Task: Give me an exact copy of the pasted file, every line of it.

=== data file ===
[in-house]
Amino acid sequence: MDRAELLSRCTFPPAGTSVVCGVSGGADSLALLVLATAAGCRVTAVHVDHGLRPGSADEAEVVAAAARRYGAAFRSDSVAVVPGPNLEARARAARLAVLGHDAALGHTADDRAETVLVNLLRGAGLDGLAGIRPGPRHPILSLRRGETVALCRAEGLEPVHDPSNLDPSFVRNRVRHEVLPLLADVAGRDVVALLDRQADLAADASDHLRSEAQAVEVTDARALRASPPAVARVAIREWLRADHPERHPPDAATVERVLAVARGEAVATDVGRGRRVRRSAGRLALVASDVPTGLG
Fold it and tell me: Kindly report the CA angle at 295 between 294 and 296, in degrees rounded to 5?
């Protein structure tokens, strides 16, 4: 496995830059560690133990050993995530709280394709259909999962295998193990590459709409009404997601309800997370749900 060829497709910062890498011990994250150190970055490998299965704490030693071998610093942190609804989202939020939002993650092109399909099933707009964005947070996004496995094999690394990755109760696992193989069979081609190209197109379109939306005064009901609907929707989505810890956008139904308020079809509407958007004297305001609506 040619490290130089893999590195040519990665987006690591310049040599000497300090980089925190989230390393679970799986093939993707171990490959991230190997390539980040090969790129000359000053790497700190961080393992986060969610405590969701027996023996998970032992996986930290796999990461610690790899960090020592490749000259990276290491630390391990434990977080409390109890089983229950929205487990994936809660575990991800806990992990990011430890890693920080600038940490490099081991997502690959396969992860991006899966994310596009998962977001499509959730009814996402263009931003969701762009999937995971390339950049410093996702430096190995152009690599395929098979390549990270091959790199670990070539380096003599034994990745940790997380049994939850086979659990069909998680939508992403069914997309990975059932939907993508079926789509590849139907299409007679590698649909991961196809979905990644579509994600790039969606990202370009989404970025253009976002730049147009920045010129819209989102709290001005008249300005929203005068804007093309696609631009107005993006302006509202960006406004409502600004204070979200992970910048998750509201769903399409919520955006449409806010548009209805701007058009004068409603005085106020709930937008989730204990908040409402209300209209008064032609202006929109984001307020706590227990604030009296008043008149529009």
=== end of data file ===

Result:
[in-house]
Amino acid sequence: MDRAELLSRCTFPPAGTSVVCGVSGGADSLALLVLATAAGCRVTAVHVDHGLRPGSADEAEVVAAAARRYGAAFRSDSVAVVPGPNLEARARAARLAVLGHDAALGHTADDRAETVLVNLLRGAGLDGLAGIRPGPRHPILSLRRGETVALCRAEGLEPVHDPSNLDPSFVRNRVRHEVLPLLADVAGRDVVALLDRQADLAADASDHLRSEAQAVEVTDARALRASPPAVARVAIREWLRADHPERHPPDAATVERVLAVARGEAVATDVGRGRRVRRSAGRLALVASDVPTGLG
Fold it and tell me: Kindly report the CA angle at 295 between 294 and 296, in degrees rounded to 5?
């Protein structure tokens, strides 16, 4: 496995830059560690133990050993995530709280394709259909999962295998193990590459709409009404997601309800997370749900 060829497709910062890498011990994250150190970055490998299965704490030693071998610093942190609804989202939020939002993650092109399909099933707009964005947070996004496995094999690394990755109760696992193989069979081609190209197109379109939306005064009901609907929707989505810890956008139904308020079809509407958007004297305001609506 040619490290130089893999590195040519990665987006690591310049040599000497300090980089925190989230390393679970799986093939993707171990490959991230190997390539980040090969790129000359000053790497700190961080393992986060969610405590969701027996023996998970032992996986930290796999990461610690790899960090020592490749000259990276290491630390391990434990977080409390109890089983229950929205487990994936809660575990991800806990992990990011430890890693920080600038940490490099081991997502690959396969992860991006899966994310596009998962977001499509959730009814996402263009931003969701762009999937995971390339950049410093996702430096190995152009690599395929098979390549990270091959790199670990070539380096003599034994990745940790997380049994939850086979659990069909998680939508992403069914997309990975059932939907993508079926789509590849139907299409007679590698649909991961196809979905990644579509994600790039969606990202370009989404970025253009976002730049147009920045010129819209989102709290001005008249300005929203005068804007093309696609631009107005993006302006509202960006406004409502600004204070979200992970910048998750509201769903399409919520955006449409806010548009209805701007058009004068409603005085106020709930937008989730204990908040409402209300209209008064032609202006929109984001307020706590227990604030009296008043008149529009």